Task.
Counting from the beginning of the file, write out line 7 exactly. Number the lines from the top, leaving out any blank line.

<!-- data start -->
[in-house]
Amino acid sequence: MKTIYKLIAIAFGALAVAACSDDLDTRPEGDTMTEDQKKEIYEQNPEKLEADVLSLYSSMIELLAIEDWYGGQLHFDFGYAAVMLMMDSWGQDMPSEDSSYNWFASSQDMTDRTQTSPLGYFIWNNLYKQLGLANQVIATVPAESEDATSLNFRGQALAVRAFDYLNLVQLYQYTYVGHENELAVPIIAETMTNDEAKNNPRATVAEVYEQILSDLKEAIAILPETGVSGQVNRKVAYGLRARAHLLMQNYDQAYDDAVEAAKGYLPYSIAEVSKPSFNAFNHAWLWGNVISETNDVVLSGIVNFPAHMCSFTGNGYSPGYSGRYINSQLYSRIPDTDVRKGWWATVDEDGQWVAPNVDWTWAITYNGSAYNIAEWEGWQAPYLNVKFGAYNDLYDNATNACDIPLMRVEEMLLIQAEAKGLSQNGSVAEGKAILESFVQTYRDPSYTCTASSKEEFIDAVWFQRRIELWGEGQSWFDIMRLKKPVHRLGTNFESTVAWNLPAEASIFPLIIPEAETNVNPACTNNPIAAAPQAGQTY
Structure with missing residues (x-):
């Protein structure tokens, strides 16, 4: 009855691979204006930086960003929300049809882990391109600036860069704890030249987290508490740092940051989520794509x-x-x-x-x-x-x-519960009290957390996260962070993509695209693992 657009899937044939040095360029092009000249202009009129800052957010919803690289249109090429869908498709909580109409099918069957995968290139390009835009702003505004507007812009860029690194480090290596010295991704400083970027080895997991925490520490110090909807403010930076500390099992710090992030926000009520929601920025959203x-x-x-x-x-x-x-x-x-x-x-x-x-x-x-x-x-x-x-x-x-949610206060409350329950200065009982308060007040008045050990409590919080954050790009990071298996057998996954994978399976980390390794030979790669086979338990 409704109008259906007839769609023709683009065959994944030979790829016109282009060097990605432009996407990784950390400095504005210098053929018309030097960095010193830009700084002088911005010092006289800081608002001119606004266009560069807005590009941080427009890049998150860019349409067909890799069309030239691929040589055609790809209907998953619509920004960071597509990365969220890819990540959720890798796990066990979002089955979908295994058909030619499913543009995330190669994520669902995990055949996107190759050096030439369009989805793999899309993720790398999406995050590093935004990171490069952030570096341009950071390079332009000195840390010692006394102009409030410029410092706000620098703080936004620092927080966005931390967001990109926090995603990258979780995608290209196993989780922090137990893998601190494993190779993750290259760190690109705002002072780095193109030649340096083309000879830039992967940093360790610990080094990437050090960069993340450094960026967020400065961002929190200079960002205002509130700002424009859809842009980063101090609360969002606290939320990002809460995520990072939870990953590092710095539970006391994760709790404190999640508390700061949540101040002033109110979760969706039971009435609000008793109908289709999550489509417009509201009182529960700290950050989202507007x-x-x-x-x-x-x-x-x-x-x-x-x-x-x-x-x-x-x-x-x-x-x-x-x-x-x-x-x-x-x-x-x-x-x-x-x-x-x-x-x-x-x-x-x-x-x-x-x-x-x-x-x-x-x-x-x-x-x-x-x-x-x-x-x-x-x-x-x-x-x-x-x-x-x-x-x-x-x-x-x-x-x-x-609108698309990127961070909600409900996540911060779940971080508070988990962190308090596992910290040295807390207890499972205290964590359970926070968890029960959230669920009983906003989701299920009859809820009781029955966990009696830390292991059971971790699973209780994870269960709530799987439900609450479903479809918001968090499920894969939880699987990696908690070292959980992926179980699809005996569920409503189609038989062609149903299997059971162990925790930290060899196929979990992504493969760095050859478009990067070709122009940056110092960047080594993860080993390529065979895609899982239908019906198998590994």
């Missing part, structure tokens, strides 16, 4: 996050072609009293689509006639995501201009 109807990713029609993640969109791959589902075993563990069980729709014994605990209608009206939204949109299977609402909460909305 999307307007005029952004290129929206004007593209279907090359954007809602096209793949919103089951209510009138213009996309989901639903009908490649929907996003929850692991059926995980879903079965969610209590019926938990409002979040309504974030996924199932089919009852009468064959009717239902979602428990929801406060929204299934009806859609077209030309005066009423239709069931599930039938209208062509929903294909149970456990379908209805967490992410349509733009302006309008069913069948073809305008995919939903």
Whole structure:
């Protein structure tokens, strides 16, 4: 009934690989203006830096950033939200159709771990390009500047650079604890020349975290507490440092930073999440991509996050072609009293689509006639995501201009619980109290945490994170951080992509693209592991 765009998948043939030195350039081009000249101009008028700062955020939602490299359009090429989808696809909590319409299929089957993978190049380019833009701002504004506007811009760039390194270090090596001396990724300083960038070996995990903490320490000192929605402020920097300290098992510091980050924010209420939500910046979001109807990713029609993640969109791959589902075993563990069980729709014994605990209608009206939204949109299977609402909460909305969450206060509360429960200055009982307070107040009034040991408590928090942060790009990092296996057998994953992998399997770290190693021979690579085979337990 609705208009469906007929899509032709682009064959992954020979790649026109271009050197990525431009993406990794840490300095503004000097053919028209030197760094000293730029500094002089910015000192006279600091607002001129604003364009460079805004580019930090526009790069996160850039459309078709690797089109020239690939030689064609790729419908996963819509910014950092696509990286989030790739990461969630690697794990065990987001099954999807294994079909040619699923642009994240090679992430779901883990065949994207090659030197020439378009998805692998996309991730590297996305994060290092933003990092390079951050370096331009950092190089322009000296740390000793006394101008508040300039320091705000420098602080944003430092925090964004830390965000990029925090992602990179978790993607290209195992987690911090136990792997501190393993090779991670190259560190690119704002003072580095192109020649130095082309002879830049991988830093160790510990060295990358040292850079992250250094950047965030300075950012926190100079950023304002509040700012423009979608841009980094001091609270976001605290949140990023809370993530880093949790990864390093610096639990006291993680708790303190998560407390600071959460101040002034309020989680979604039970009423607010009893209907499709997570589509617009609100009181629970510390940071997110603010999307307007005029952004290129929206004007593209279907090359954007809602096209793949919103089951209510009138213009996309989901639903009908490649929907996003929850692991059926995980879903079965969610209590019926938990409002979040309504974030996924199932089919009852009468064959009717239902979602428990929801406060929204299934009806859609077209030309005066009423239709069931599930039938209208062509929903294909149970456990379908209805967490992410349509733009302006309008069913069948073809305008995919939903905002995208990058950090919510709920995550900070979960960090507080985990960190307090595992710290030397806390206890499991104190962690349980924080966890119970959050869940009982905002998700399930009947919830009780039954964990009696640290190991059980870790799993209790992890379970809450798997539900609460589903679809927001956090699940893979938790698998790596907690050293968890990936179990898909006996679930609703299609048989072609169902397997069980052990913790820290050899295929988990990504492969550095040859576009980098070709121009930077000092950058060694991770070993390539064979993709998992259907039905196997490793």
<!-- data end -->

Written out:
């Protein structure tokens, strides 16, 4: 009934690989203006830096950033939200159709771990390009500047650079604890020349975290507490440092930073999440991509996050072609009293689509006639995501201009619980109290945490994170951080992509693209592991 765009998948043939030195350039081009000249101009008028700062955020939602490299359009090429989808696809909590319409299929089957993978190049380019833009701002504004506007811009760039390194270090090596001396990724300083960038070996995990903490320490000192929605402020920097300290098992510091980050924010209420939500910046979001109807990713029609993640969109791959589902075993563990069980729709014994605990209608009206939204949109299977609402909460909305969450206060509360429960200055009982307070107040009034040991408590928090942060790009990092296996057998994953992998399997770290190693021979690579085979337990 609705208009469906007929899509032709682009064959992954020979790649026109271009050197990525431009993406990794840490300095503004000097053919028209030197760094000293730029500094002089910015000192006279600091607002001129604003364009460079805004580019930090526009790069996160850039459309078709690797089109020239690939030689064609790729419908996963819509910014950092696509990286989030790739990461969630690697794990065990987001099954999807294994079909040619699923642009994240090679992430779901883990065949994207090659030197020439378009998805692998996309991730590297996305994060290092933003990092390079951050370096331009950092190089322009000296740390000793006394101008508040300039320091705000420098602080944003430092925090964004830390965000990029925090992602990179978790993607290209195992987690911090136990792997501190393993090779991670190259560190690119704002003072580095192109020649130095082309002879830049991988830093160790510990060295990358040292850079992250250094950047965030300075950012926190100079950023304002509040700012423009979608841009980094001091609270976001605290949140990023809370993530880093949790990864390093610096639990006291993680708790303190998560407390600071959460101040002034309020989680979604039970009423607010009893209907499709997570589509617009609100009181629970510390940071997110603010999307307007005029952004290129929206004007593209279907090359954007809602096209793949919103089951209510009138213009996309989901639903009908490649929907996003929850692991059926995980879903079965969610209590019926938990409002979040309504974030996924199932089919009852009468064959009717239902979602428990929801406060929204299934009806859609077209030309005066009423239709069931599930039938209208062509929903294909149970456990379908209805967490992410349509733009302006309008069913069948073809305008995919939903905002995208990058950090919510709920995550900070979960960090507080985990960190307090595992710290030397806390206890499991104190962690349980924080966890119970959050869940009982905002998700399930009947919830009780039954964990009696640290190991059980870790799993209790992890379970809450798997539900609460589903679809927001956090699940893979938790698998790596907690050293968890990936179990898909006996679930609703299609048989072609169902397997069980052990913790820290050899295929988990990504492969550095040859576009980098070709121009930077000092950058060694991770070993390539064979993709998992259907039905196997490793």